Metasurfaces are planar(2D) metamaterials with subwaveIength thickness. Metasurfaces enable a spatially varying optical response (e.g. scattering amplitude, phase, and polarization), can mold optical wavefronts into shapes that can be designed at will. These structures can be fabricated using Electron Beam Lithography and other nano fabrication processes such as lift-off, RIE etc…

In order to understand how a metasurface operates compared to a ROE or a DOE, a comparison between a refractive prism and its metasurface counterpart is shown in the figure below. A refractive prism has a phase gradient along the interface due to the varying thickness of the glass. This causes the light to refract at the interface and bend according to Snell’s law. On the other hand, a metasurface has an array of meta-atoms on the interface with the same height but different lengths. The phase difference between adjacent neighbours is pi/4 resulting in a phase gradient of 2pi. By choosing an appropriate period and phase gradient, the incident light can be bent in any arbitrary direction.

Comparison between a refractive prism and a gradient metasurface (a) Light bending after passing through a refractive prism due to Snell’s law (b) Light bending after passing through a metasurface due to a phase gradient at the interface

In order to physically fabricate a metasurface, we must convert the phase profile of a ROE or a DOE into corresponding metasurface. In this process, the phase profile is quantized into n levels and each pixel is replaced by a meta-atom that shifts the phase of light by the value of the pixel. This process is depicted in the below figure where a blazed grating is converted into a 4-level cylindrical meta-atom metasurface .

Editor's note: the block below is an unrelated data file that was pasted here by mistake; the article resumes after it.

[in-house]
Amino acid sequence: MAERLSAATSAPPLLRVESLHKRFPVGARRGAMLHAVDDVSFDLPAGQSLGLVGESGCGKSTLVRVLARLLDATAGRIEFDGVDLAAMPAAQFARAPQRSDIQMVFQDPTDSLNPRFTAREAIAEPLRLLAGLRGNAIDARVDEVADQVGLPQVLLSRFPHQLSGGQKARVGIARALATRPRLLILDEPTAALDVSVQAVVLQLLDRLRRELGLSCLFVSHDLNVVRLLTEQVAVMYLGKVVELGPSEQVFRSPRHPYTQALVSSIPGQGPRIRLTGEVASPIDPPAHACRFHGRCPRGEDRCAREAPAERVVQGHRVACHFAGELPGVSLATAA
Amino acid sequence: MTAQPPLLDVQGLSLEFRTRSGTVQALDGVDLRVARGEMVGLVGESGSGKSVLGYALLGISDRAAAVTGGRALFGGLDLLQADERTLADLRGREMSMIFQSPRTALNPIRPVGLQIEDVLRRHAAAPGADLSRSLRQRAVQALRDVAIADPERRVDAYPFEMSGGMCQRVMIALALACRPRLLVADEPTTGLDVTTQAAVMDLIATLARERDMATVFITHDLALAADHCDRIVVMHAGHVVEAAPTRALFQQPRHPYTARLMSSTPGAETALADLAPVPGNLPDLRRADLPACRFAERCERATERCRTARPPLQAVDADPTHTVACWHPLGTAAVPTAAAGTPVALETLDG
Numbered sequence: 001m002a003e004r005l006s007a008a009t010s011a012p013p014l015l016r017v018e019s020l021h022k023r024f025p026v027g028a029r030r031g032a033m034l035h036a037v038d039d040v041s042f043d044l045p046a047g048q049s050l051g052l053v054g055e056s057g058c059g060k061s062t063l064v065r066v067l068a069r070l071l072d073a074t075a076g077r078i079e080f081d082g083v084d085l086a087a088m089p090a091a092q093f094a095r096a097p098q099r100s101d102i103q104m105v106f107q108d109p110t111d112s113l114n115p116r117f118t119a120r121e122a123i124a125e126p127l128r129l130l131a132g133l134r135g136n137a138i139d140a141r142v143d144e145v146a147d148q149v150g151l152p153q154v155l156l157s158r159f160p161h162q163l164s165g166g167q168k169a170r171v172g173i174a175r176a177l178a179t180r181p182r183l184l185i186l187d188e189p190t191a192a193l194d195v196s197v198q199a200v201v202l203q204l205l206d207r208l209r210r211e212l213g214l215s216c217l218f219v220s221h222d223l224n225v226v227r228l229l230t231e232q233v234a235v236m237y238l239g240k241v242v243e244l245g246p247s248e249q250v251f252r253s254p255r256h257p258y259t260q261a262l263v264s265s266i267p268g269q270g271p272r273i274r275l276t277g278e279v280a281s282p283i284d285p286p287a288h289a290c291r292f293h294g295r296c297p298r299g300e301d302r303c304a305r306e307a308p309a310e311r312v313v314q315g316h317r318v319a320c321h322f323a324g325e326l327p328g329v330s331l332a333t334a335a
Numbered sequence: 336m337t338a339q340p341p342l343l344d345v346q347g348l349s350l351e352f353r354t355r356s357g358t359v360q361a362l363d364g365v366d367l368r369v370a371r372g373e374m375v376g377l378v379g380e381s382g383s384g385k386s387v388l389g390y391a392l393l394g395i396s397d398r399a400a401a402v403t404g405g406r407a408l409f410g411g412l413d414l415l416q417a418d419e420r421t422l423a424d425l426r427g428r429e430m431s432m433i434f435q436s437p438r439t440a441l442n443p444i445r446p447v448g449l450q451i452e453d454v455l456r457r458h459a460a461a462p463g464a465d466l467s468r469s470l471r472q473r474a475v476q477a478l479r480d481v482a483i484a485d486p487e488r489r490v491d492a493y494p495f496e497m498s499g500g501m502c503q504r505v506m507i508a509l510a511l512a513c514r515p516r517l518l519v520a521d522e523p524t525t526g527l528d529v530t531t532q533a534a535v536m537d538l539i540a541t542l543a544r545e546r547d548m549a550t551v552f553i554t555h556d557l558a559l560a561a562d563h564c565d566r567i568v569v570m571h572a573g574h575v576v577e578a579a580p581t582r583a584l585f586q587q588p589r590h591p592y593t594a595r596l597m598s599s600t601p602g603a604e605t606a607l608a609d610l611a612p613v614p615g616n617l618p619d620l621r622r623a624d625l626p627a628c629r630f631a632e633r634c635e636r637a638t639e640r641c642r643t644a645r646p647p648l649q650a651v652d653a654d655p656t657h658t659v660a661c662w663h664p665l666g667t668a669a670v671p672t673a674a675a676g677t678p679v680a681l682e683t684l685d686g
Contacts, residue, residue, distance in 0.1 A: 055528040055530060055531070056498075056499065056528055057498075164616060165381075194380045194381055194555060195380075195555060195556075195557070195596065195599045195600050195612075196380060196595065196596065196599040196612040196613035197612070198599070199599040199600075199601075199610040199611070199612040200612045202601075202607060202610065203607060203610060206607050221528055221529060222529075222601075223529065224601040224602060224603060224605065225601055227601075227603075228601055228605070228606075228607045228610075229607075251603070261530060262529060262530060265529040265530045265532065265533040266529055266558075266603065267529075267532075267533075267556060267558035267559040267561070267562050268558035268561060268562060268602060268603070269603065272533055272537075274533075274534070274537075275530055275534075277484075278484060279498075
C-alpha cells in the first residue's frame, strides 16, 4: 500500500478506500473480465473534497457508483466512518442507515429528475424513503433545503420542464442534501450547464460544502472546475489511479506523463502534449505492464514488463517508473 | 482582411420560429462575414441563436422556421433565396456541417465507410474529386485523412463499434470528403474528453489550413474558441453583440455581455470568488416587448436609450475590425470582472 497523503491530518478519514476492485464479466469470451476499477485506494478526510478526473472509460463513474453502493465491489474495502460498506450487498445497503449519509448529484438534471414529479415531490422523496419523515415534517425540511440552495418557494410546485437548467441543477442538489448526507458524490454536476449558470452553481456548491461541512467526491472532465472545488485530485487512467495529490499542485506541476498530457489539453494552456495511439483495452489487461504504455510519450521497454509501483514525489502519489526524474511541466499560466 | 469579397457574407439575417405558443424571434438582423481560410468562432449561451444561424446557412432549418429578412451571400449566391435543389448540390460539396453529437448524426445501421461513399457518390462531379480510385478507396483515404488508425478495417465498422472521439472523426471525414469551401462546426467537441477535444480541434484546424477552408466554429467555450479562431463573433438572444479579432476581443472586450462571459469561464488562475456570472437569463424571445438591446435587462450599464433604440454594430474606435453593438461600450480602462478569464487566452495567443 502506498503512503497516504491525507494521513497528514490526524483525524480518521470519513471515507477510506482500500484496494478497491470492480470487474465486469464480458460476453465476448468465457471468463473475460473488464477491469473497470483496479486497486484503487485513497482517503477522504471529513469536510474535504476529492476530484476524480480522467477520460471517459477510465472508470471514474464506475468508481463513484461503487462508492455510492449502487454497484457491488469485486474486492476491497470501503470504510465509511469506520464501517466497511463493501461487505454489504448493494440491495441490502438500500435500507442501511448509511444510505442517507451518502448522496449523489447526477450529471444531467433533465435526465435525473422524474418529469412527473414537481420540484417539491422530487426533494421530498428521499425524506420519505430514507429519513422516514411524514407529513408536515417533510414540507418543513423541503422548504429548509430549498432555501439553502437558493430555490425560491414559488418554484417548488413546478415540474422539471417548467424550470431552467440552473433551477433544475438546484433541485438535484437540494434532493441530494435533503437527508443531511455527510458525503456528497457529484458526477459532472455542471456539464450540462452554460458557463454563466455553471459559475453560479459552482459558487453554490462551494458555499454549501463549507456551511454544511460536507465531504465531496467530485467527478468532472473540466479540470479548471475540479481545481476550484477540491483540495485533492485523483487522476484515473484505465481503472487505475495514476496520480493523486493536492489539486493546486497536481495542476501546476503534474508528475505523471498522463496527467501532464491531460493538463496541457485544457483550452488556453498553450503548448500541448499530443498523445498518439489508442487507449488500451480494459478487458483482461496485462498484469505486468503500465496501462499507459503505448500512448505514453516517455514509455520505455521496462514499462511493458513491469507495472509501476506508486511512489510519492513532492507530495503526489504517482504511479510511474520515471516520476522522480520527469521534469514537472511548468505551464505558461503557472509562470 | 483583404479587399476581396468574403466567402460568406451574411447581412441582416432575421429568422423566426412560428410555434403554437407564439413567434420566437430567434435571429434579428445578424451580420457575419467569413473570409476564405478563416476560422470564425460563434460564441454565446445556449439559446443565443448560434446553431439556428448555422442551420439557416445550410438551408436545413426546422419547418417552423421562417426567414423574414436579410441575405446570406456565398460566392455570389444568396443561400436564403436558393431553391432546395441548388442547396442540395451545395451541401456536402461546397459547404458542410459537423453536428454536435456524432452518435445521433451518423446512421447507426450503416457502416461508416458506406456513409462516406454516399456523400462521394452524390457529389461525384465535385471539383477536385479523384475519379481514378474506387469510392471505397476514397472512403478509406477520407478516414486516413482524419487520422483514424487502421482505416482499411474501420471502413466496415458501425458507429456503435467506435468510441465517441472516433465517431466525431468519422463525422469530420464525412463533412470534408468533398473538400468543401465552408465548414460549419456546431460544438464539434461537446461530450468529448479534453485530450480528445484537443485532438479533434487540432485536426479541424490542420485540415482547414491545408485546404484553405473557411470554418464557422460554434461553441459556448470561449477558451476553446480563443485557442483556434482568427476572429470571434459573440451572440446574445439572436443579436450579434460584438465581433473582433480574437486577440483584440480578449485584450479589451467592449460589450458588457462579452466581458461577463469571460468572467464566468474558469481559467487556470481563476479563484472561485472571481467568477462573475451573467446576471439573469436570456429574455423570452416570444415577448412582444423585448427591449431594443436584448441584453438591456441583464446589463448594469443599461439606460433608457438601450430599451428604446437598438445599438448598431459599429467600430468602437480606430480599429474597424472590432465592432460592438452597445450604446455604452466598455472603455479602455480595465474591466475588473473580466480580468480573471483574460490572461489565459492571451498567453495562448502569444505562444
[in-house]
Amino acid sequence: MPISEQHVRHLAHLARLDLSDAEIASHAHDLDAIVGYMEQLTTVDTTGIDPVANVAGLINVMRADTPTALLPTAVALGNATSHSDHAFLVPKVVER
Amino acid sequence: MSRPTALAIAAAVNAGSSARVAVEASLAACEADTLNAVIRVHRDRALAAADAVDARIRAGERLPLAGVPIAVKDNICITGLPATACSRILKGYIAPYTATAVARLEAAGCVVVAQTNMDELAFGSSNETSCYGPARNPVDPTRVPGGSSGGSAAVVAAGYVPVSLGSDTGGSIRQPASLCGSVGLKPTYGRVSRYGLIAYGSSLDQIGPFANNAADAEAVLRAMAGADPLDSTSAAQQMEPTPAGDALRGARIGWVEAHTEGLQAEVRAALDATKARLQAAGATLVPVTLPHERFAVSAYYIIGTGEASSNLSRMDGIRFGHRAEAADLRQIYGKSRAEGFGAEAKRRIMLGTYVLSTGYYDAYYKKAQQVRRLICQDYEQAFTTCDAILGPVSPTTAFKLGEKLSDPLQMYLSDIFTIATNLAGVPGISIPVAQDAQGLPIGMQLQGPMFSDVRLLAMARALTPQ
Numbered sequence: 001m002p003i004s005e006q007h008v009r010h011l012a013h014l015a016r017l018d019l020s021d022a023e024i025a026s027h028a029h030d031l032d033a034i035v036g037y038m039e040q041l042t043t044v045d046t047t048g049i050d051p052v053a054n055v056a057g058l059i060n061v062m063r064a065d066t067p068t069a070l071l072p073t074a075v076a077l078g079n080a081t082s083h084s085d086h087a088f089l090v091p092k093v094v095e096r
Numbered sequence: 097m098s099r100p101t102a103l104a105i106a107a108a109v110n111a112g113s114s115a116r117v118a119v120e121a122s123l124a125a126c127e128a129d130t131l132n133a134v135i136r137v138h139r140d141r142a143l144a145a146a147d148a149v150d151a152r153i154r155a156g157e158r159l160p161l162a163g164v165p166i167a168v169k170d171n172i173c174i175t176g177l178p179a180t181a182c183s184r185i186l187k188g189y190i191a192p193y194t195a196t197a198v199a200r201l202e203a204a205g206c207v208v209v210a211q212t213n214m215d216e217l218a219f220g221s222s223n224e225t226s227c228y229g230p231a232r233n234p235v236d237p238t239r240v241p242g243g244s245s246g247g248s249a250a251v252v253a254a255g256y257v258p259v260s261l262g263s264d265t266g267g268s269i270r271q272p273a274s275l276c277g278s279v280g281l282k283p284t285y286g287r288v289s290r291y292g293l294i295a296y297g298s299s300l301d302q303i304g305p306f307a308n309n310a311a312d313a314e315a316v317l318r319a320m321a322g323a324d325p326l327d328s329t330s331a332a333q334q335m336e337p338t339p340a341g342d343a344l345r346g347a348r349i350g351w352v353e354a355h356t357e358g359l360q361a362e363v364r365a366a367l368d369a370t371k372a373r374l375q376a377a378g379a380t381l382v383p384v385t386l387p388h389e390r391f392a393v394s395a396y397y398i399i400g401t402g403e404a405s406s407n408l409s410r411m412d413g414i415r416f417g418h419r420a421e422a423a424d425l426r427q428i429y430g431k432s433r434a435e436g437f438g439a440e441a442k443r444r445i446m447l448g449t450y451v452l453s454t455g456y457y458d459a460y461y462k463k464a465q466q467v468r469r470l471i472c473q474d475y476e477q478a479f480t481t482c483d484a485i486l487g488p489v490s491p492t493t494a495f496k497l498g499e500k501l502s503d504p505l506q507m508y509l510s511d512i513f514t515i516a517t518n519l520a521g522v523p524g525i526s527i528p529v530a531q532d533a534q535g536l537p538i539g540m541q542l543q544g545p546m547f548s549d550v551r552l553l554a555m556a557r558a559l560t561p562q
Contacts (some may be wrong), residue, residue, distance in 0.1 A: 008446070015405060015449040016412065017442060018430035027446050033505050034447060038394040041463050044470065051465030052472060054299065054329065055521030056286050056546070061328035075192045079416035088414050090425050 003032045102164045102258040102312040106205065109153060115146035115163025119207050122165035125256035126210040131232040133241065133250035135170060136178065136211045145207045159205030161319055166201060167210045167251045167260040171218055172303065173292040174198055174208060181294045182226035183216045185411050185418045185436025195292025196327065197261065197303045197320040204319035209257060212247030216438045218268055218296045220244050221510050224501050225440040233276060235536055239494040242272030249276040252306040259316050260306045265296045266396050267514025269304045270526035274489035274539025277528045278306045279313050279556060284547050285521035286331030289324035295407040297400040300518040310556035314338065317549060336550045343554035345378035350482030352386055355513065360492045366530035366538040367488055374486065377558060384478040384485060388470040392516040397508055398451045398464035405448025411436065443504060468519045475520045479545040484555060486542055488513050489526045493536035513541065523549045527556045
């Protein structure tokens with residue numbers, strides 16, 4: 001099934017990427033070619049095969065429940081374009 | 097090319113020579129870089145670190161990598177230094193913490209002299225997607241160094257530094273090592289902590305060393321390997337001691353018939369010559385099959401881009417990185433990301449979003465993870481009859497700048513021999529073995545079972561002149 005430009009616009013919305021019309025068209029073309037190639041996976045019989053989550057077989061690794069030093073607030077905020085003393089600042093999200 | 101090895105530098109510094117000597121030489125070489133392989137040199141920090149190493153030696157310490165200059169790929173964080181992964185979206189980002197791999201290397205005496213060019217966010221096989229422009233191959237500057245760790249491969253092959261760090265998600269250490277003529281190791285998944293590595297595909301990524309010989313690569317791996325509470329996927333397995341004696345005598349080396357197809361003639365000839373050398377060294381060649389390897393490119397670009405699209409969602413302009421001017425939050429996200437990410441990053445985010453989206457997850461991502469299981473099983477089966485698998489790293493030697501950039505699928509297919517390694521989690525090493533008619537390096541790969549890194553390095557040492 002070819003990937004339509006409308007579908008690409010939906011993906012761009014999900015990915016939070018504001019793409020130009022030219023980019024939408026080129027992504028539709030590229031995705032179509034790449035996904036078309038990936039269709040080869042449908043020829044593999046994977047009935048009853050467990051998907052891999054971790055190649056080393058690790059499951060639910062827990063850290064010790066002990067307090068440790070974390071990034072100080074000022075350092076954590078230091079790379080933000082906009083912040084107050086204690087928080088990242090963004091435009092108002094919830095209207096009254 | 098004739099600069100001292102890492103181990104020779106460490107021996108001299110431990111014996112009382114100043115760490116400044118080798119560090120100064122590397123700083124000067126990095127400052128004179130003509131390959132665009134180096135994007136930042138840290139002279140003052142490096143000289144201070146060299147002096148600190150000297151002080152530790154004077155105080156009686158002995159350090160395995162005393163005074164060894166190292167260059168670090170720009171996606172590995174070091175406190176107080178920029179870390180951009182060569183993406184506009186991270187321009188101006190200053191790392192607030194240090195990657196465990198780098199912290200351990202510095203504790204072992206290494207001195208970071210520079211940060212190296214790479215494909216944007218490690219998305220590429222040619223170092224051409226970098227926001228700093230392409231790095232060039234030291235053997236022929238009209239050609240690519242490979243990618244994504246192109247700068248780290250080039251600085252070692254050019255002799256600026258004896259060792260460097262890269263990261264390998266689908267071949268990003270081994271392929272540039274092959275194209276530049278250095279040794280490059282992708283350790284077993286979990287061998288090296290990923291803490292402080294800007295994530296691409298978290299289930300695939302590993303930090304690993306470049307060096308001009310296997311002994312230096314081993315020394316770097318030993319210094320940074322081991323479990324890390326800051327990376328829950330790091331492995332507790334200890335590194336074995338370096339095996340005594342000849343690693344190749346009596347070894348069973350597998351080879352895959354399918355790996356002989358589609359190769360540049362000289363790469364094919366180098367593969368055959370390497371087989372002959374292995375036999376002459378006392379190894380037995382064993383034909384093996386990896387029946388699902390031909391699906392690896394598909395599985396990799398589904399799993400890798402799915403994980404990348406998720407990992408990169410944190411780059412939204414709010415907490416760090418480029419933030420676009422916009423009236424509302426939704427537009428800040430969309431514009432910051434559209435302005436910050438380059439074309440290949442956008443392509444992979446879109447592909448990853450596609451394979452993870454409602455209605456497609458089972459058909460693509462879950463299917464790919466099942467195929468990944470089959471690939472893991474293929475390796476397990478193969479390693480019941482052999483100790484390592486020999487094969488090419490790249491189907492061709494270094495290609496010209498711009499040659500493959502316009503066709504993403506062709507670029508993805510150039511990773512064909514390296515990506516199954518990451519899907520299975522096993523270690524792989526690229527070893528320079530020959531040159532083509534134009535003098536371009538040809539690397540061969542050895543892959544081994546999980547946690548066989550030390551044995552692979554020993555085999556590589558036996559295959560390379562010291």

Conversion from a refractive phase profile to a metasurface GDSII layout (a) FDTD lookup data: Transmission amplitude and phase vs variable radius of the cylinder meta-atom at a wavelength of 633 nm (b) 3D phase profile of a blazed grating (c) converted into a 4-phase level metasurface, the cylinder dimensions are fetched from (a), (d) GDSII layout

We have generated LG beams (charge = 3) using a fork hologram. The different fork holograms (for generating LG beams of varying charge) were created by interfering with a spiral phase profile with a plane wave. The resultant phase profiles were uploaded in MetaOptics to generate the desired metasurface layout for fabrication. In order to show the high efficiency of metasurfaces, when compared to binary DOEs, we have designed and fabricated three fork metasurfaces with 2, 4, and 8 levels and the diameter of all the fork gratings is 1 mm.

LG beam generation: Multilevel fork grating metasurfaces and relative efficiency comparison. (a) Microscope images of 2 level, 4 level, and 8 level metasurfaces (b) Zoomedin images highlighting 2, 4, and 8 levels in the metasurfaces (c) Intensity profiles of the LG beams captured using CCD camera and the relative efficiency of generation shown in bar plots (d) Interference with reference beams showing the characteristic fork pattern confirming charge = 3

We generated a Bessel beam using an 8-level meta axicon McLeod (1954). The phase profile of an axicon with cone angle α = 1.5 degrees , and a diameter of 1 mm is generated using the in-built library functions of MetaOptics.

Bessel beam generation: 8 level axicon metasurface characterization (a) Microscope image of fabricated 8 level axicon metasurface (b) Experimentally generated Bessel beam (c) Line intensity profile along the center of (b)

Watch the video lecture on Metasurface by Dr. Raghu

Talk by Raghu Dharmavarapu at the EE Symposium 19 IIT Madras

Tutorial on how to design a metasurface using MetaOptics software